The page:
19 June 2003

S2M-31 Airport Investment (Glasgow and Edinburgh)

The Deputy Presiding Officer (Trish Godman): The final item of business is a members' business debate on motion S2M-31, in the name of Sandra White, on investment in Glasgow and Edinburgh airports.
Motion debated,
That the Parliament notes the response by BAA plc to Her Majesty's Government's consultation document, The Future Development of Air Transport in the United Kingdom: A National Consultation - Scotland, which states that the upgrading of Glasgow Airport to international hub status would cost £1.1 billion, £200 million less than government estimates, and that the cost of upgrading Edinburgh Airport would be £1.3 billion, £400 million more than previous estimates; further notes the massive investment planned for airport expansion in the south east of England; expresses its support for Scottish Airports Ltd's call on Her Majesty's Government not to put Scotland's long-term economical prospects at risk by opting to develop only one of the country's main airports, and believes that the Scottish Executive should make representations to Her Majesty's Government to ensure that the necessary investment is made available to ensure that both airports grow to their full potential.
... ... ...
Stewart Stevenson (Banff and Buchan) (SNP): I draw attention to my entry in the register of members' interests, which shows that I am a member of the Edinburgh Flying Club and therefore dependent on the facilities there.
The BAA submission to the consultation mentions new runways at Edinburgh and Glasgow as well as an extension of the length of the runway at Aberdeen. We should start by saying that, whatever the long-term future of Scotland's airports, it is important that the Executive plays its role in protecting the space that those airports will require for such expansion should those proposals crystallise into reality at some point in the future. At the same time, we must ensure that the owners of property adjacent to airports, who might be affected by such expansion at some time, are adequately compensated.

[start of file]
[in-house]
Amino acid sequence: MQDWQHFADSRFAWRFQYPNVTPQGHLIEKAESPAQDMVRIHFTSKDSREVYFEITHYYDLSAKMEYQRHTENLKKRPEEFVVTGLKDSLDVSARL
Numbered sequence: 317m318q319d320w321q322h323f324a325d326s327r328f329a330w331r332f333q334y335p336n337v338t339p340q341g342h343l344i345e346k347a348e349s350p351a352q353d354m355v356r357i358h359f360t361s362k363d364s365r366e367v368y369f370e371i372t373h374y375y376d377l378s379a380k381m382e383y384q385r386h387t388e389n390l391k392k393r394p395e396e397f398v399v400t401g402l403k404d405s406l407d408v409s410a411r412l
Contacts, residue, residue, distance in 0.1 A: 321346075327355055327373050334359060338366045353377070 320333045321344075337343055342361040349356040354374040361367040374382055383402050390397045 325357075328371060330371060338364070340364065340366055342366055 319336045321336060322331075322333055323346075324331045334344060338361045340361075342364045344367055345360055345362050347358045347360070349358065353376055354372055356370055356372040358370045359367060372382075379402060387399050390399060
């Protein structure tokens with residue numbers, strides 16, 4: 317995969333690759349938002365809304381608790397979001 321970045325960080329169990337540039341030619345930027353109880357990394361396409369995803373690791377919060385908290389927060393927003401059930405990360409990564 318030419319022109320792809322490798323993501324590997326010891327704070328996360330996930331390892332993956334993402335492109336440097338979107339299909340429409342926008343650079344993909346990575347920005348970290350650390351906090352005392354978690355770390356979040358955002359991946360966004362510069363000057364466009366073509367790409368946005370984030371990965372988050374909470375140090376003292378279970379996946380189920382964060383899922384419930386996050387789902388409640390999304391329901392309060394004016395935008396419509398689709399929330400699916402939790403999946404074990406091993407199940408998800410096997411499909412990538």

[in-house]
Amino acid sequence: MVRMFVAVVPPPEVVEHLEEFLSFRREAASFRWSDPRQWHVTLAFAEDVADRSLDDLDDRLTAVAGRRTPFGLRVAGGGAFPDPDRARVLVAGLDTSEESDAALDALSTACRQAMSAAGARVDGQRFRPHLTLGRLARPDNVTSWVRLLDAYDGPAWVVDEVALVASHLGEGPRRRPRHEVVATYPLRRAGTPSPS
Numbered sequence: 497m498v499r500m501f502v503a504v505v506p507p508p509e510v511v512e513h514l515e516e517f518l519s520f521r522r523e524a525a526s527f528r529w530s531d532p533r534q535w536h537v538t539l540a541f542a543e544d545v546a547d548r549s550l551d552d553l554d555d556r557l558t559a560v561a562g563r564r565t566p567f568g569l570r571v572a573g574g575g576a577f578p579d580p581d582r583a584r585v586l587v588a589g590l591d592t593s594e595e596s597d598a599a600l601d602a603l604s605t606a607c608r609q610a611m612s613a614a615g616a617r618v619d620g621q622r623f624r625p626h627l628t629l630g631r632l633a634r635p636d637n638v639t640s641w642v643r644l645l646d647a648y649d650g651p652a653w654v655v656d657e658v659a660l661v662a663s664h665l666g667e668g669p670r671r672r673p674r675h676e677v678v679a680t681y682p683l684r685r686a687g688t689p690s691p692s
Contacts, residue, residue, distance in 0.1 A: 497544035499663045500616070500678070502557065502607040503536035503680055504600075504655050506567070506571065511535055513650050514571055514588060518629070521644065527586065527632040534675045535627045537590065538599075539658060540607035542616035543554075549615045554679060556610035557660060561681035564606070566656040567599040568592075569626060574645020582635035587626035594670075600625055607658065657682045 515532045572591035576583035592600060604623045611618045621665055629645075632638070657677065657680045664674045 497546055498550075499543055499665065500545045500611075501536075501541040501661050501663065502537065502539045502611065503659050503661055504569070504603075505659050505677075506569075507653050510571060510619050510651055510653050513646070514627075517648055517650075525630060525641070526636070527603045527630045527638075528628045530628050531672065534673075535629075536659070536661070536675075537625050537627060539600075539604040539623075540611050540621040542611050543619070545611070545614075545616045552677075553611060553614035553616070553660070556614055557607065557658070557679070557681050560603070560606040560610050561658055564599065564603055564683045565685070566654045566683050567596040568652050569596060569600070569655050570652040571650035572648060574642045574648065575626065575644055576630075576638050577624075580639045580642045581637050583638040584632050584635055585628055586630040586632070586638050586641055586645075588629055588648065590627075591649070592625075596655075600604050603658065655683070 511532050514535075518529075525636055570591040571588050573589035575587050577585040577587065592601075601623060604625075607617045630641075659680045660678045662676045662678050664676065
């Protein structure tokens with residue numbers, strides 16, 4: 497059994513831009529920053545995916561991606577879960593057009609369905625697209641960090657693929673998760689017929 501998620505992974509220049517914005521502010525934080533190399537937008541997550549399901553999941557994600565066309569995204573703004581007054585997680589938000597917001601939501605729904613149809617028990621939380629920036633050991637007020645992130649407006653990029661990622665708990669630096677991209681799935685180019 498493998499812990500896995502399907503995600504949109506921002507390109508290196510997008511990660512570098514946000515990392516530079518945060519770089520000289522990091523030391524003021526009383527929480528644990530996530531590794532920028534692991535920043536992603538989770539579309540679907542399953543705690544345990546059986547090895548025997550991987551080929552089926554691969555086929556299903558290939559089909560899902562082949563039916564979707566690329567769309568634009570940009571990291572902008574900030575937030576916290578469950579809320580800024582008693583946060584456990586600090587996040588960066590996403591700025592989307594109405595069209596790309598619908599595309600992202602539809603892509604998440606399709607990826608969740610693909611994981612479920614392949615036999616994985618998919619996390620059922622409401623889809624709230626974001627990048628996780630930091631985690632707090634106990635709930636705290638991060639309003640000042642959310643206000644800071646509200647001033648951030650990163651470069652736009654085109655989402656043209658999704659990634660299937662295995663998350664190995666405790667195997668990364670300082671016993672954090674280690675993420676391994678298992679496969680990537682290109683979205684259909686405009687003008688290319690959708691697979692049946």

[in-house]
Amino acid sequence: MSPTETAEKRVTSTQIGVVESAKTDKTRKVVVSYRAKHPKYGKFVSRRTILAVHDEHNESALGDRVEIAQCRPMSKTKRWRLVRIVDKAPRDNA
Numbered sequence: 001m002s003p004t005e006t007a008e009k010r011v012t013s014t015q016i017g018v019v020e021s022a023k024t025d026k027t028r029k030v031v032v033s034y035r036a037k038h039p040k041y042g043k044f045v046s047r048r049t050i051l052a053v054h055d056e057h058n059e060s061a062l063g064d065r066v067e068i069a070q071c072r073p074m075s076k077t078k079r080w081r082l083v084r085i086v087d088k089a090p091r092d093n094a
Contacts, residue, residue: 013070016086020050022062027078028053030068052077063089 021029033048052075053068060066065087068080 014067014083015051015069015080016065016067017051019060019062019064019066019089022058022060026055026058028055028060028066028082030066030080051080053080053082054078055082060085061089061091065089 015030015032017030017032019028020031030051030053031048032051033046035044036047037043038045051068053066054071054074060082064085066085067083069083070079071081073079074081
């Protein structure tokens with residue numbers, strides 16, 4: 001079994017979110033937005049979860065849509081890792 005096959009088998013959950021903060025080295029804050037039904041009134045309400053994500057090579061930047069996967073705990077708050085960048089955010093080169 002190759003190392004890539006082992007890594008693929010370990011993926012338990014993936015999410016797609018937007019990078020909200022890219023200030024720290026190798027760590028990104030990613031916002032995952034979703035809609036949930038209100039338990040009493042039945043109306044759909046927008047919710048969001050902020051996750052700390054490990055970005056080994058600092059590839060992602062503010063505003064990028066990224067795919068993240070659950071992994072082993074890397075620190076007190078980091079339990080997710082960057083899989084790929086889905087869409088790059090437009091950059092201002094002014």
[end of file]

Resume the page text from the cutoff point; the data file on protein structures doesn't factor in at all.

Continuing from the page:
Incidentally, airports are a great source of biodiversity, because they provide an oasis of relatively undisturbed habitat for a range of wildlife. Do members know, for example, that there is a pair of otters at Edinburgh airport? I believe that that is the only place in Edinburgh where otters can be found.
Bill Aitken: Twin or otherwise?
Stewart Stevenson: I do not know.
There is already a lot of air traffic in central Scotland, with Edinburgh and Glasgow airports between them handling some 200,000 movements a year, to such an extent that we actually have a one-way system for air traffic. The two airports are already operated as a single entity for air traffic approach purposes. Some of the constraints that will have to be addressed are outwith the power of the Parliament and indeed outwith what the BAA has said. Military flying constrains the routes into Scotland. There is no viable east coast route to the south or the continent that is equivalent to the west coast airway, alpha 1. There is limited capacity there, and that is something that must be considered.
Military flying generally across Scotland is an issue. Prestwick does not have protected airspace and therefore has to be included in the centre of Scotland. Edinburgh is a significant cargo airfield and is therefore important for business purposes, so it is important that we have the space and capacity to develop that further. In the short term, I hope that the Executive will support proposals to extend the taxiways at Edinburgh. At present, they do not go to the ends of the runway, which imposes a severe limitation on the capacity of that airport. Extending the taxiways would double the capacity of Edinburgh airport for very little cost and small on-the-ground environmental impact.
We also have to interlink the big operations with the small operations. It is a source of continuing regret that we still do not see public transport single-engine planes providing services in Scotland, although they actually have a better safety record than twin-engine planes of an equivalent size. There is a whole range of issues surrounding this complex issue and I am sure that the minister will take account of them. I am happy to support the motion.

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